I just bought Nancy Thomas' purple book "When Love is Not Enough." She has a section on Clear Speech:

"Children who whisper, mumble, or run their words together in order to get their parent to bend down and say, "What?" over and over, wear their parents out and are no learning clear communication."

Hmmmm. I cannot understand Keenan more than 75% of the time when he and I are communicating. His teacher cannot understand him more than 75% of the time.

But, the Speech & Language Therapist testing his language skills said that his pronunciation is completely accurate and age appropriate.

His ESL teacher thinks there's nothing wrong.

The #B thinks I'm smoking crack.

Hmmmmm.

So, this past week we've been working on table manners. "May I please be excused, Mommy?" is now required by all, as is sitting on your butt when you eat (pillows or phone books are issued to those having trouble reaching the table.) If you cannot use good manners, then you finish the meal in the dining room/office.

This morning, Keenan could not remember, "may I please be excused, Mommy?" He used "can I go?" He used: "Can I leave, daddy?" (the Mister was not home.) He pouted and cried and stuttered and was starting to get the other children agitated at Mom. "Mom, I don't know if he can do it," Atticus worriedly whispered to me.

After 5 minutes of trying, I informed Keenan that since he was not using table manners, he would eat his dinner in the office.

Followed by a meltdown. He brought his bowl over and said, "I don't want to eat in the office. May I please be excused, Mommy!!!"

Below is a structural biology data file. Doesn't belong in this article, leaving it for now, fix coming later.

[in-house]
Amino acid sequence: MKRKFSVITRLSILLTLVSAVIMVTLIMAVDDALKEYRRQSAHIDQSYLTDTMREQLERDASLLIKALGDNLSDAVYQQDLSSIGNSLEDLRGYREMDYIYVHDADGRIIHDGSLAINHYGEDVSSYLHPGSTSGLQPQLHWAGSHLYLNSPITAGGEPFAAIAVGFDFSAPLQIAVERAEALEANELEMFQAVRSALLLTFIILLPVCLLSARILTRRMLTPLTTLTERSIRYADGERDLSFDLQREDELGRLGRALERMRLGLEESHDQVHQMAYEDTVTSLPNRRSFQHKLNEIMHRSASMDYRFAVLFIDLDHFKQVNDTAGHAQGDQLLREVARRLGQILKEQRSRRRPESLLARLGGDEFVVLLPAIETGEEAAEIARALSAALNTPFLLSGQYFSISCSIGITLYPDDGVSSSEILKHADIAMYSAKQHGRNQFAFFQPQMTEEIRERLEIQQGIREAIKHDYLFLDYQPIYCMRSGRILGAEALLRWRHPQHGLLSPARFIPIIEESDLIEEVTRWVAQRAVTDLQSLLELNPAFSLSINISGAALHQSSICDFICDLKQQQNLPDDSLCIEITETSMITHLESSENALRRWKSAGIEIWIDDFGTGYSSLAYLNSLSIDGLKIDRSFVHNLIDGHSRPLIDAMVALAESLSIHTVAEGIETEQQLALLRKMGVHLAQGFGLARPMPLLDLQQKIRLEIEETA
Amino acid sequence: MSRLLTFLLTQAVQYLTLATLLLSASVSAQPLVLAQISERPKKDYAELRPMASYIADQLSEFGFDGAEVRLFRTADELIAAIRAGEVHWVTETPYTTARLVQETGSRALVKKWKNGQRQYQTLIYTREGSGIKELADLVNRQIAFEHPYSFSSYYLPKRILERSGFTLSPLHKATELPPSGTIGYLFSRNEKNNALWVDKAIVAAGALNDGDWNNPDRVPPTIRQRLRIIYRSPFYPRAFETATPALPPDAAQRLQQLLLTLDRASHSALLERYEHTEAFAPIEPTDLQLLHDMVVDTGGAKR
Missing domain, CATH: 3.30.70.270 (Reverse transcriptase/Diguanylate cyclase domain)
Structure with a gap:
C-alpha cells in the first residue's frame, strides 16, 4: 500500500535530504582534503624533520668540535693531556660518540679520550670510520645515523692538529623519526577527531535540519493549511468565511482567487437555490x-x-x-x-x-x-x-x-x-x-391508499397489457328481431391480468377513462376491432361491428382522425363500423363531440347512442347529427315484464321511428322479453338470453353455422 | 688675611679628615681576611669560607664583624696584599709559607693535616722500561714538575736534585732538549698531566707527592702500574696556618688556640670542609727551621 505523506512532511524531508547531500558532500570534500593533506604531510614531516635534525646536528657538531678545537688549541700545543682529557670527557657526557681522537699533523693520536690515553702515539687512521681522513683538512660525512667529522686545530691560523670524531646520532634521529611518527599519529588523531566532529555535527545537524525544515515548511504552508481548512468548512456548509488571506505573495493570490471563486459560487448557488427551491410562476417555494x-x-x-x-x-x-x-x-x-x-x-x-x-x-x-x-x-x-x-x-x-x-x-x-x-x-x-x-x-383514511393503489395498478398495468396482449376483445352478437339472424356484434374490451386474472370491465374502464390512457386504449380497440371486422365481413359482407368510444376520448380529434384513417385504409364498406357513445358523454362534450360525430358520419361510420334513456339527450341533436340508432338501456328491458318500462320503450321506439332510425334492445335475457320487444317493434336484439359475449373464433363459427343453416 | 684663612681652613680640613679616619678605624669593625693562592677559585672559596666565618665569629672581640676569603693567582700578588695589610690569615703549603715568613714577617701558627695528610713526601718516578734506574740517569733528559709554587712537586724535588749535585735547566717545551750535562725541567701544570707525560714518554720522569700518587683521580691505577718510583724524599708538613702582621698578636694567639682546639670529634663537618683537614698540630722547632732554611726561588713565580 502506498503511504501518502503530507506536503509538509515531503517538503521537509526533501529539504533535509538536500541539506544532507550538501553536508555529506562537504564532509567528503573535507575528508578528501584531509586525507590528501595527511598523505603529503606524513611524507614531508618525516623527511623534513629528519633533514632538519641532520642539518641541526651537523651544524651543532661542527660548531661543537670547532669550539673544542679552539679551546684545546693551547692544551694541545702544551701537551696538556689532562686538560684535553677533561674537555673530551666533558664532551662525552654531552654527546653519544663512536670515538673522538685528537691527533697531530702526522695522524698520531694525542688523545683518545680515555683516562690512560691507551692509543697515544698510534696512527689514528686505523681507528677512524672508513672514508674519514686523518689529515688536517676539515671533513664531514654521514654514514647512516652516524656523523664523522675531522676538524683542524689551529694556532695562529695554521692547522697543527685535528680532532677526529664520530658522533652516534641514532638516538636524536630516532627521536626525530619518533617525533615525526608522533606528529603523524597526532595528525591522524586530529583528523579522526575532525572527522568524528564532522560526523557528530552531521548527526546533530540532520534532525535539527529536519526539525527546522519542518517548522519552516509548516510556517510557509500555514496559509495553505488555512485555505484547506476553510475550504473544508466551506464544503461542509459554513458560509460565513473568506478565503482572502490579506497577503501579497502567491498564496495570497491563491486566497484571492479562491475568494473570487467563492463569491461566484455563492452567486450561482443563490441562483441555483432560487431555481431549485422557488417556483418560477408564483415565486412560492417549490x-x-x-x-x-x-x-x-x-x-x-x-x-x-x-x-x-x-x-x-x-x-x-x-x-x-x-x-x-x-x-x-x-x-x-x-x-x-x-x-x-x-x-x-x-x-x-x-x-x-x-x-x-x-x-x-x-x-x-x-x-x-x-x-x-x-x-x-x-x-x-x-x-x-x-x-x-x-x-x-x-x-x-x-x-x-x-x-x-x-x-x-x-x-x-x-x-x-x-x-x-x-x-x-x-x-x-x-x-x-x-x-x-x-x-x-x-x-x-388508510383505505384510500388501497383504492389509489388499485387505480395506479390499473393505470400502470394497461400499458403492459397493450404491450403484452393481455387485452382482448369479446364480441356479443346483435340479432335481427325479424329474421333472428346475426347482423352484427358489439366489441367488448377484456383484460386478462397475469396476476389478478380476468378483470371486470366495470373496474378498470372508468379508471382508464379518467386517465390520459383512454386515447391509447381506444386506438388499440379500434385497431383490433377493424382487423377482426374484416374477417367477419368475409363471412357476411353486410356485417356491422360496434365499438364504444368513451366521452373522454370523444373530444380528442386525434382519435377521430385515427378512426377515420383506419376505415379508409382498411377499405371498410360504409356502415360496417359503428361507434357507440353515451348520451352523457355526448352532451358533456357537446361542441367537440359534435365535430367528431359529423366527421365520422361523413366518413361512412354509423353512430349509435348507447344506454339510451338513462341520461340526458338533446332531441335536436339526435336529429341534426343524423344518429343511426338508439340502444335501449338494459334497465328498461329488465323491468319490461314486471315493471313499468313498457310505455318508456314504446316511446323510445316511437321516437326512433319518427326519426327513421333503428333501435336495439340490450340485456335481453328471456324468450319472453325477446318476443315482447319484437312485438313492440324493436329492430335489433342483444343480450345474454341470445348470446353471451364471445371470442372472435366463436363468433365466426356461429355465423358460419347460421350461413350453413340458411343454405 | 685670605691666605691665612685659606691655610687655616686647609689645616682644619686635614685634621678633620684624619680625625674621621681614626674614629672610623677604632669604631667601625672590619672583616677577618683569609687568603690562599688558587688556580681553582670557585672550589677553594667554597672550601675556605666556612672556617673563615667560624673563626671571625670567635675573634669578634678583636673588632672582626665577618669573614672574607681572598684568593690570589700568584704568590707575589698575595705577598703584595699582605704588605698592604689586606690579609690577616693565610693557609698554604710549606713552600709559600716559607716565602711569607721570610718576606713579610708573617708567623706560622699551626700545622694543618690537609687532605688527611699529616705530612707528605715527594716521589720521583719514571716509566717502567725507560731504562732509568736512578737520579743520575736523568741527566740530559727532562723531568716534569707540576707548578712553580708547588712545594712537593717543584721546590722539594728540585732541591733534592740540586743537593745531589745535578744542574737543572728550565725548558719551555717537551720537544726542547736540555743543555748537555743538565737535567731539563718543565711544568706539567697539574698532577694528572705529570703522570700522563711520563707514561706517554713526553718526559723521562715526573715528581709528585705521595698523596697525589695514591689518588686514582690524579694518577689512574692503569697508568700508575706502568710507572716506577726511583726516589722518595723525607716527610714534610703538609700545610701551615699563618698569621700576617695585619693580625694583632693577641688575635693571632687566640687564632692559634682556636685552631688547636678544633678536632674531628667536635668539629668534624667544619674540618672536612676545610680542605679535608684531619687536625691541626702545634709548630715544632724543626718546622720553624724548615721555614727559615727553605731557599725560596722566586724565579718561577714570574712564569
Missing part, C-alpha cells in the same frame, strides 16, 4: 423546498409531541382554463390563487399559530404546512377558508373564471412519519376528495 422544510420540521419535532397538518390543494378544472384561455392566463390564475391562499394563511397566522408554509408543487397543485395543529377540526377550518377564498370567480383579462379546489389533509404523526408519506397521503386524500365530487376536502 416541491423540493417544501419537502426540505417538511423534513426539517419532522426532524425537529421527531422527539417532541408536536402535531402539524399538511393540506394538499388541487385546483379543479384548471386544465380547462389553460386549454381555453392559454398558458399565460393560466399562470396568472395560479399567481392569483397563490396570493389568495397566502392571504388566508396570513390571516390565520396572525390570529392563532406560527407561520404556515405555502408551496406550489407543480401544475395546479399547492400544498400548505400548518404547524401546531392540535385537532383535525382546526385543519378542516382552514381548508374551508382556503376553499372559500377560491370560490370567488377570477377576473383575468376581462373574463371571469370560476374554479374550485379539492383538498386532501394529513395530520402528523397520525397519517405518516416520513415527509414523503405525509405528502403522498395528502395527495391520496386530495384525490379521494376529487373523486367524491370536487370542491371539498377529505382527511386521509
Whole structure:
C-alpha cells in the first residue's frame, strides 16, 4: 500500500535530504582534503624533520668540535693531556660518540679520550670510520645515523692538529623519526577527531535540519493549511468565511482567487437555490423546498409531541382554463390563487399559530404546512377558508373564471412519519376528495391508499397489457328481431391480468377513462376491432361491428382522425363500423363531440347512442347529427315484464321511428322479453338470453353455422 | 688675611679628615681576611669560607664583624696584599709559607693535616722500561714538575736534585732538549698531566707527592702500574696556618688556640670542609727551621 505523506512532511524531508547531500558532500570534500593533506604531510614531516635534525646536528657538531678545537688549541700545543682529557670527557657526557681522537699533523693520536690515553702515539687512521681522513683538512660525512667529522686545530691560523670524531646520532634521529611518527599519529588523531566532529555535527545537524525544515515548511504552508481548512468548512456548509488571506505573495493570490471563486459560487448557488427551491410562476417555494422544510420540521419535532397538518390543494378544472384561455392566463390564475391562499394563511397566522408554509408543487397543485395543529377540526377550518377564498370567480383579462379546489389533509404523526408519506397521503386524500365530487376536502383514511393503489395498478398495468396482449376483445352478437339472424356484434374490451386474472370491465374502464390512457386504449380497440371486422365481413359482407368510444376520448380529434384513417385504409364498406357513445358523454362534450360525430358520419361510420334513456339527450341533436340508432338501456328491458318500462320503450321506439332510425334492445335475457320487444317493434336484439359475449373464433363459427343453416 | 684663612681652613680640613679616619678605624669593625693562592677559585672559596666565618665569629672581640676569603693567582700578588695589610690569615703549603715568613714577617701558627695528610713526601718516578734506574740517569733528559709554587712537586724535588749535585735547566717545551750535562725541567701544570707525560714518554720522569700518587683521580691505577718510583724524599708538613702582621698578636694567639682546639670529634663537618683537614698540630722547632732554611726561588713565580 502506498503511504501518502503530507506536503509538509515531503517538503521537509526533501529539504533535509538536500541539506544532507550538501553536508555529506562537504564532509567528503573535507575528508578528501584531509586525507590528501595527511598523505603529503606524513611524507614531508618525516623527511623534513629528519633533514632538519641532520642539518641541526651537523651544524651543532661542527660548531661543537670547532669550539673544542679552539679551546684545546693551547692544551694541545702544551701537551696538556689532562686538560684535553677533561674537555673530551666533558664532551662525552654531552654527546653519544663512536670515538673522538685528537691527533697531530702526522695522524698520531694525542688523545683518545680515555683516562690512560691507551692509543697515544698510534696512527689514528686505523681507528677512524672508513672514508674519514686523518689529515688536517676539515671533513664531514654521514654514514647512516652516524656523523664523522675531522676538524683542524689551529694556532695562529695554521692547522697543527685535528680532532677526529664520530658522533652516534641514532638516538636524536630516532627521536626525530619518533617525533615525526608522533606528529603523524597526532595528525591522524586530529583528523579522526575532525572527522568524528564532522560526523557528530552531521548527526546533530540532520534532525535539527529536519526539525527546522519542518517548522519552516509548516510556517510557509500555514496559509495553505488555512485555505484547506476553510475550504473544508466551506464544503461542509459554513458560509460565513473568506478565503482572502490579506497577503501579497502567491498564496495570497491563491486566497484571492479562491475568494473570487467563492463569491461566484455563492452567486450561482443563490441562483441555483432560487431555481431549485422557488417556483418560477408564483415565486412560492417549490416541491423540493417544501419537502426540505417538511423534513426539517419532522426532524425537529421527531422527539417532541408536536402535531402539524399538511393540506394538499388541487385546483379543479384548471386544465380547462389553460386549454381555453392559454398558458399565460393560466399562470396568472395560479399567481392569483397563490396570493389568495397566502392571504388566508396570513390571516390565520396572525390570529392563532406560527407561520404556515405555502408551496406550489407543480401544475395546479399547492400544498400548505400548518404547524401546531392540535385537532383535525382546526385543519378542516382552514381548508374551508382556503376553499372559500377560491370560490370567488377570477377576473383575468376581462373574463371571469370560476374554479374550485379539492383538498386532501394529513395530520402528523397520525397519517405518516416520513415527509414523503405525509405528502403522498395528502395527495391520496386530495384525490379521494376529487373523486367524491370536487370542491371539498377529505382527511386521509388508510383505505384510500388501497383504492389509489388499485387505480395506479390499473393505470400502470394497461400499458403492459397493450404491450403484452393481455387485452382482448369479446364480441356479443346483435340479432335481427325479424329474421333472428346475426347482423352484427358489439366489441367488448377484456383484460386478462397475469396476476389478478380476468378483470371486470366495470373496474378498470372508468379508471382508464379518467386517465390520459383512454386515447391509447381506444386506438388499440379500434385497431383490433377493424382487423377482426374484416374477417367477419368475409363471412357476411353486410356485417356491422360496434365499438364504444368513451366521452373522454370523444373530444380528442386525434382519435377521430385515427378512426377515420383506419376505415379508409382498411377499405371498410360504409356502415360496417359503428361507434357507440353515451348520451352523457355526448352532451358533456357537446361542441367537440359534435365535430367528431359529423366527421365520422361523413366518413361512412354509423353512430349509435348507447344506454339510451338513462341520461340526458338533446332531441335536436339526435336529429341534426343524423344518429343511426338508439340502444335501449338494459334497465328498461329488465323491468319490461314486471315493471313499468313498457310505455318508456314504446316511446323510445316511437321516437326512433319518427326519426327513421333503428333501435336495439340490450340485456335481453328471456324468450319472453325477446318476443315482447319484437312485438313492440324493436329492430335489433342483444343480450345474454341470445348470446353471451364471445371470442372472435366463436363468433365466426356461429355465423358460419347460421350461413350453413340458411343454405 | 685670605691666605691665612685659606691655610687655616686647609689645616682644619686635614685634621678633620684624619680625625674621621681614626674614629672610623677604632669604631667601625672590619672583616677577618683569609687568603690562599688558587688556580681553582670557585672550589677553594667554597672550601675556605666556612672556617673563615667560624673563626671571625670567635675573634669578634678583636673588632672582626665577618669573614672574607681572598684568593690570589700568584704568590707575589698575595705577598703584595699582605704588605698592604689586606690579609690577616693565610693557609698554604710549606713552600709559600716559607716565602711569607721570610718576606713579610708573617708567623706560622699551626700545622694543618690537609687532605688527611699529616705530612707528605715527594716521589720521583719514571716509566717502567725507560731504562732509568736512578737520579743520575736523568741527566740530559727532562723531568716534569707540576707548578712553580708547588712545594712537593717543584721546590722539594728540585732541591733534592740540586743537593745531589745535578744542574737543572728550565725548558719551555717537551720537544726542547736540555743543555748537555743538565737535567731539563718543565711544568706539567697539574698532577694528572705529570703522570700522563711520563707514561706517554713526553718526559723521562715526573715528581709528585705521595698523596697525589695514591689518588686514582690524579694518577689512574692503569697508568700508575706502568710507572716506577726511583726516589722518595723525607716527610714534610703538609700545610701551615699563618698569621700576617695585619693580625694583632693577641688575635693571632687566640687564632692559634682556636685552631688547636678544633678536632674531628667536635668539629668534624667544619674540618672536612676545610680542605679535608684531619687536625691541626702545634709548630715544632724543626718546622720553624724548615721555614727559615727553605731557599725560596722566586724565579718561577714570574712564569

Well, f*ck me gently with a chainsaw.

(5 SPARKLY GOLD STARS to the first person who knows what movie that line came from!)

I'm thumping my head against the wall here, people.

Nine days. NINE days away from having 5.5 HEAVENLY MANIPULATION-FREE DAYS.

I cannot wait.







Sunday, February 20, 2011

The Mystery of the Clogged Bathroom Sink

Our bathroom/laundry room sink suddenly and mysteriously clogged up this past week.

After reading a Clogged Sink Mystery story courtesy of the fabulous Amy, Hatfield and I were not eager to solve our own clogged sink mystery. So we did what any other set of intelligent women in denial would do: we placed a laundry basket over the sink so no one else could use it.

Finally, after 4 days of avoidant tactics, I asked the Mister to please snake the drain.

And then I made myself a margarita to help me cope with the findings. The time of day is irrelevant to the story.

So, armed with his trusty iPod and accompanying iPod speaker-thingy (because GOD FORBID the man has to accomplish a task over 60 seconds without his podcasts. The man is addicted. He will seriously take 15 minutes to charge his damn iPod before he can make the 3 minute car ride to the video store to return a movie. It drives me cah-ray-zee), the Mister entered the bathroom.

He set up his iPod, and then came back out of the bathroom to find because he realized that he forgot his drain snake. Imagine that.

10 minutes later, armed with the industrial-quality snake (we learned early in our post-placement days), he locked himself into the bathroom.